Tue February 26, 2013

WSDOT admits big mistakes on 520 pontoons

Additional work on the 520 bridge pontoons could cost tens of millions of dollars extra and push back the new bridge's opening by six months, after an expert review panel found design flaws that must be fixed.
Bellamy Pailthorp photo KPLU News

Big mistakes were made by the State Department of Transportation in its construction of the pontoons that will hold up the new 520 bridge across Lake Washington.

The agency says it is making repairs and design modifications to ensure the bridge will last the full 75 year lifespan promised.

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transportation planning
5:01 am
Tue February 19, 2013

Less guesswork: Seattle getting second electronic bicycle counter

Figuring out where to put more bike lanes in Seattle will get easier as the city gathers more data with electronic counters. A second one will be installed in South Seattle this spring.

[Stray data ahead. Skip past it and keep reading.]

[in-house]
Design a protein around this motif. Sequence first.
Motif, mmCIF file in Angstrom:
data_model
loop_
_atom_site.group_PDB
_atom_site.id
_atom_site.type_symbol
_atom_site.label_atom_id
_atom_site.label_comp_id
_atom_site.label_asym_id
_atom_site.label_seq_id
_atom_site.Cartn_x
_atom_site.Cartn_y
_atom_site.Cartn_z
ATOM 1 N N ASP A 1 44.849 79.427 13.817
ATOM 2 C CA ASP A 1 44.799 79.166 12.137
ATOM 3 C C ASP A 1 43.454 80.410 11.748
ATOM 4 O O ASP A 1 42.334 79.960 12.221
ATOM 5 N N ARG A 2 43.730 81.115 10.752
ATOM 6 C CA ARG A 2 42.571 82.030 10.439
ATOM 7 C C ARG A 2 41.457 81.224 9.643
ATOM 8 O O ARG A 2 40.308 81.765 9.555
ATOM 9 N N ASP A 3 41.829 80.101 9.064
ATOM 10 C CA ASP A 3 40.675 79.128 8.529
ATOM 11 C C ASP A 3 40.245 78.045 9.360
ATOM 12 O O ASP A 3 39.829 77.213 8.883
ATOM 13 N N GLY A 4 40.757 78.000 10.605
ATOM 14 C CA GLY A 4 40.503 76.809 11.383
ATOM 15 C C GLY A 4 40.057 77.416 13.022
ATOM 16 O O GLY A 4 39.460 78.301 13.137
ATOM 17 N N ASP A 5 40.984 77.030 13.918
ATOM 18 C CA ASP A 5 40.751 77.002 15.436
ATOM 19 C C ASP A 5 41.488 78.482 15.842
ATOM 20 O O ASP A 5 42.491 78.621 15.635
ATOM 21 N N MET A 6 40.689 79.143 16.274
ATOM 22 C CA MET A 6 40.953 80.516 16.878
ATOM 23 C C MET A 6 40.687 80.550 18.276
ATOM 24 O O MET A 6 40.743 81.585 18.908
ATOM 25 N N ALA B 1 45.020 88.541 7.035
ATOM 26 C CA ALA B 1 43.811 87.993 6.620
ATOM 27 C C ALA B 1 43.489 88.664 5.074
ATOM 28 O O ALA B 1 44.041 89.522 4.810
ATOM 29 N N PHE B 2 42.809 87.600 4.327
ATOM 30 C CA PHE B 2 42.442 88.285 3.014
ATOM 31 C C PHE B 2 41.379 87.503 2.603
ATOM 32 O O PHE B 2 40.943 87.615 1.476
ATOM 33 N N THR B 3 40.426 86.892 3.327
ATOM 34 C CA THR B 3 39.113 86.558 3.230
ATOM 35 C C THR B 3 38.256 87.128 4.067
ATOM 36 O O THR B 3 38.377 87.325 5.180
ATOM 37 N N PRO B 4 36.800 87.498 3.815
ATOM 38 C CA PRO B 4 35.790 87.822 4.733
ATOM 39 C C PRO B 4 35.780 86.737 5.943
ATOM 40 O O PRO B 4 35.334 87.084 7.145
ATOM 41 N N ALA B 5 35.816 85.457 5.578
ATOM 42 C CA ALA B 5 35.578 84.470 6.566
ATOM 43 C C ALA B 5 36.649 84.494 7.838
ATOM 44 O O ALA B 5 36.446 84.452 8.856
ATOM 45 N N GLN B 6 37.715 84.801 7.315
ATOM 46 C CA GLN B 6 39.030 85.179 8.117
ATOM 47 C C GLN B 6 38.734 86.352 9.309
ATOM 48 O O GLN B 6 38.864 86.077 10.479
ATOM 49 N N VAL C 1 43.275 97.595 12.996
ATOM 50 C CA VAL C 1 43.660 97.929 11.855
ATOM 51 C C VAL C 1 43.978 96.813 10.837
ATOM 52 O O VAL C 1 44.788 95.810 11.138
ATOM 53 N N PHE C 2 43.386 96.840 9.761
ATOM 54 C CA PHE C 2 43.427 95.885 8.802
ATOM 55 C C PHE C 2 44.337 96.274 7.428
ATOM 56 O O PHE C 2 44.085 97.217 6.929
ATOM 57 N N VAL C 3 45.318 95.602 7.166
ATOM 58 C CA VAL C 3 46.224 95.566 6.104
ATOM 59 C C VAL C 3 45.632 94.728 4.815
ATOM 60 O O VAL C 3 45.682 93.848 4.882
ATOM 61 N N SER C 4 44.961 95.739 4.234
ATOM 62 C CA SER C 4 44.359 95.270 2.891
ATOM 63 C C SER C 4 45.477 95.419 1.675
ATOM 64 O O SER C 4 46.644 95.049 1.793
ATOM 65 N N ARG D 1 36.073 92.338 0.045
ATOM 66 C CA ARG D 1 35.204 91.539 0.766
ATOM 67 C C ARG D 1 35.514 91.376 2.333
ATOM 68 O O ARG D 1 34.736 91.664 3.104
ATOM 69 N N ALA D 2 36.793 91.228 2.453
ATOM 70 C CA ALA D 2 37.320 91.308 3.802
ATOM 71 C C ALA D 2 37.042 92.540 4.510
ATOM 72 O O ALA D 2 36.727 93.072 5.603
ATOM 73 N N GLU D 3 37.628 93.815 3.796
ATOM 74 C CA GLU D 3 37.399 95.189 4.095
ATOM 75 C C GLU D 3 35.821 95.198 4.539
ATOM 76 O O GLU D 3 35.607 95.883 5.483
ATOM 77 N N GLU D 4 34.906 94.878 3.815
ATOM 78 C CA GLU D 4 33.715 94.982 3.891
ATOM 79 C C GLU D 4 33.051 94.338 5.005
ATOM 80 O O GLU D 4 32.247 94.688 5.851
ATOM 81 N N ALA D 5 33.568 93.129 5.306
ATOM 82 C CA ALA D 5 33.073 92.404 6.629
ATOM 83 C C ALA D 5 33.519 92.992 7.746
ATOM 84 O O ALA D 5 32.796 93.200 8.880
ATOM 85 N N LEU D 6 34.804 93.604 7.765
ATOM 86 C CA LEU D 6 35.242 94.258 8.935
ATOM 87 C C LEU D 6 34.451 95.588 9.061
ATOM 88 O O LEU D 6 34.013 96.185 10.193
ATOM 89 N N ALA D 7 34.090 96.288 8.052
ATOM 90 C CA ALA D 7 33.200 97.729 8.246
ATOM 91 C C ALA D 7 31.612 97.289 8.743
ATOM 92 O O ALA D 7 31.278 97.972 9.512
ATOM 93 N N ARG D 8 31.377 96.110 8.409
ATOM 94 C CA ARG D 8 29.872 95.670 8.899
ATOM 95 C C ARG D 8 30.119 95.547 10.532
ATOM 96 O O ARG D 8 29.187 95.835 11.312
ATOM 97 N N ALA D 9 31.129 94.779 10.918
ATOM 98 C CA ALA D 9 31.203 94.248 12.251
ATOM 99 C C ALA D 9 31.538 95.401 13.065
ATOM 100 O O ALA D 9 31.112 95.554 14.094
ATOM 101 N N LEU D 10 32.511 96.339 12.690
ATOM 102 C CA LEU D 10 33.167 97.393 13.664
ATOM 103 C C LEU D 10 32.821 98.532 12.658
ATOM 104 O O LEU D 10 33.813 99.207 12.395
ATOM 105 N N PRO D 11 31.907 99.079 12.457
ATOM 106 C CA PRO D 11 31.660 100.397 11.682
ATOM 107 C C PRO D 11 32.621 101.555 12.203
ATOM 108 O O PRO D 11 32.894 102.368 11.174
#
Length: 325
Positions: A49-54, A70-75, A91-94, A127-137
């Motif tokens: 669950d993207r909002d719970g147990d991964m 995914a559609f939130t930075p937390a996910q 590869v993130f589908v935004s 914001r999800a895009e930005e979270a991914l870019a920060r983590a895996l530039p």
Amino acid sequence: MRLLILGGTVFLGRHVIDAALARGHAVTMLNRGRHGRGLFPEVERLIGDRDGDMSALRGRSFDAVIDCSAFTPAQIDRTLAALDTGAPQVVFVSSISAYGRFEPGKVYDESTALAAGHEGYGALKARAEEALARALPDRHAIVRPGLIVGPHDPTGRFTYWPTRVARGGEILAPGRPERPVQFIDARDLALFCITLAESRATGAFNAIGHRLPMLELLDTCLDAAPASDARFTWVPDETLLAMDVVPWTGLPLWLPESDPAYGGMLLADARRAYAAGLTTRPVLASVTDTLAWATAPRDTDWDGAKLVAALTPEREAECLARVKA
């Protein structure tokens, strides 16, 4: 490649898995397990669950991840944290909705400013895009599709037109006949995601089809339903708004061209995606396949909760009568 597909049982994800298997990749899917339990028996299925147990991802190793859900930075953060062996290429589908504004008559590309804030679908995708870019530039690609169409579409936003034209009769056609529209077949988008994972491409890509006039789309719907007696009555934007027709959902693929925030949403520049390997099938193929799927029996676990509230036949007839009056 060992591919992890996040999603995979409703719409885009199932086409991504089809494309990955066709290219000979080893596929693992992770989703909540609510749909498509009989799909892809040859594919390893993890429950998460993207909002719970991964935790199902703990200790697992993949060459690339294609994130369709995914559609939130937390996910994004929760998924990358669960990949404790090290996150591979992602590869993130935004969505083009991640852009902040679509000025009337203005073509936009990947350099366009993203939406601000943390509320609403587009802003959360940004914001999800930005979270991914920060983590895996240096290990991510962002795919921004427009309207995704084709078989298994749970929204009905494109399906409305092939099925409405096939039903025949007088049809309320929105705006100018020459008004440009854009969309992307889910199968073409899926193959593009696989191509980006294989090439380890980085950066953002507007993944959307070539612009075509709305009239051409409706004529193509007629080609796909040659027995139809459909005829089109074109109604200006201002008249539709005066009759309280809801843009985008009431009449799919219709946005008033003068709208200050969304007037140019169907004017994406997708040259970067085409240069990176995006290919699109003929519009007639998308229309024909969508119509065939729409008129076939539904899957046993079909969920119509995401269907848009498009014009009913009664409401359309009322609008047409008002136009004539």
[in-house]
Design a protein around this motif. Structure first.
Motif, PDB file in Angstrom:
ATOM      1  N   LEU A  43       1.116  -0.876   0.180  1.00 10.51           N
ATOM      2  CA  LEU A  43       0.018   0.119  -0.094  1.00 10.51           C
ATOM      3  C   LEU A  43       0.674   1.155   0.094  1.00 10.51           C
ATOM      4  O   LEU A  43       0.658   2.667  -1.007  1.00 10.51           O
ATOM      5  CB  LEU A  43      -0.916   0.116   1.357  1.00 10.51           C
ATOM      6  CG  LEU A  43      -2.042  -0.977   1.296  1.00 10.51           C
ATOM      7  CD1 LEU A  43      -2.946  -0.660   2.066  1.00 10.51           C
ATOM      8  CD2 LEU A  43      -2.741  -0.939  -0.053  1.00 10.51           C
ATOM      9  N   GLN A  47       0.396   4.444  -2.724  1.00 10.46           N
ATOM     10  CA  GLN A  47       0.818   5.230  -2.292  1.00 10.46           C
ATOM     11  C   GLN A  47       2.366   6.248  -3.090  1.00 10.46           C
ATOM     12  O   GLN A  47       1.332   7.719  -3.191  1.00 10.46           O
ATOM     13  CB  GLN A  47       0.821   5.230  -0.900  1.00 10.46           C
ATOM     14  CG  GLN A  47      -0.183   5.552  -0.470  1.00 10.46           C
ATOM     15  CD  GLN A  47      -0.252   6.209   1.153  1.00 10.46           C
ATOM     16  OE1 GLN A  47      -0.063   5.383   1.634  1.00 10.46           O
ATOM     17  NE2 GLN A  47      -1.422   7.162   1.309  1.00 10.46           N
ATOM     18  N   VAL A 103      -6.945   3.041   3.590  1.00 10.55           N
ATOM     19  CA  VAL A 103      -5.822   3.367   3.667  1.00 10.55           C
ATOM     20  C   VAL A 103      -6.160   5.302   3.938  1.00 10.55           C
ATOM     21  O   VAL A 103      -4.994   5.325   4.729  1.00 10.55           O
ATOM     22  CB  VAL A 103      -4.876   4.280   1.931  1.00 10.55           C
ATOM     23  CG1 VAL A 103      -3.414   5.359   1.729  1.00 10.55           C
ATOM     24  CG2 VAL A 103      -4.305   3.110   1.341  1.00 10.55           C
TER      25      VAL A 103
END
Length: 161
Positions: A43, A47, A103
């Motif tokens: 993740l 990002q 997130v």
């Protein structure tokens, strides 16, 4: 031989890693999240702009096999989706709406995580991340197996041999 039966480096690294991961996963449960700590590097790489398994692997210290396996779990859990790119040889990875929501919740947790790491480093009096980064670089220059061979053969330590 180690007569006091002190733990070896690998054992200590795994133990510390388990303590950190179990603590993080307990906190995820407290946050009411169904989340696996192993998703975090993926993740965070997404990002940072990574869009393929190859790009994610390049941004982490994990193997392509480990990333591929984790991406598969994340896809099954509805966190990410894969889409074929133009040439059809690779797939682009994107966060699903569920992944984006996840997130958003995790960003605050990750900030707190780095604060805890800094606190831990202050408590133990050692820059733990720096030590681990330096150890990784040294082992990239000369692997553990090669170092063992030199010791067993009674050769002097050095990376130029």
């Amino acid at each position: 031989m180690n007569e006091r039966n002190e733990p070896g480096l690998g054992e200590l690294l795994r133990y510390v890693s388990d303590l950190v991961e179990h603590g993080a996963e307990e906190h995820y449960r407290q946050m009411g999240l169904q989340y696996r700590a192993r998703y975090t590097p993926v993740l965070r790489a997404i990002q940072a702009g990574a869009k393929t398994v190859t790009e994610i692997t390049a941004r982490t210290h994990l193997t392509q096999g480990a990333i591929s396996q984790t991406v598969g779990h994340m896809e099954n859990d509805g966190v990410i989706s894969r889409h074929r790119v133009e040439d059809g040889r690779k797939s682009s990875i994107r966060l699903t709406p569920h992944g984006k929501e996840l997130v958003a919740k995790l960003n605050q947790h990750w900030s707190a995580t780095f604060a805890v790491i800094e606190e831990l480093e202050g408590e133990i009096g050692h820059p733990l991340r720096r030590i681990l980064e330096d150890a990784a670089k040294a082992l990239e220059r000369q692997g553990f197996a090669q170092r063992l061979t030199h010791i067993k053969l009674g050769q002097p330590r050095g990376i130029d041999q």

clappstar Flickr

Five years ago, Seattle adopted a Bicycle Master Plan. It aims to triple the amount of bicycling in Seattle by the year 2017. But until just a few months ago, there was no way to accurately count cyclists. That’s changing.

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Environment
10:18 am
Tue February 12, 2013

Climate change pushing water system upgrades

Snowpack in the crest of the Cascade Mountains provides storage for Seattle's Cedar River watershed. Lowering snow levels are expected because of global warming, putting the supply at risk.
Credit Courtsey Seattle Public Utilities

Global climate change is a reality that few people now deny. 2012 was the warmest year on record. So what about Seattle’s water supply? 

Managers say they need to speed up about $30-million of investment in a backup plan.

About two thirds of Seattle’s water comes from one of the most pristine sources in the nation. The Cedar River Watershed lies in more than 90,000 acres of protected land southeast of the city, near North Bend.

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Environment
5:14 pm
Wed February 6, 2013

WA Toxics Coalition again seeking ban on flame retardant Tris

Five years ago, Washington became the first state in the nation to ban a class of toxic flame retardants known as PBDEs.

Now, evidence is mounting that a widely-used alternative is just as toxic.

A new bill before lawmakers in Olympia would ban the flame retardant called Tris from children’s products and household furniture.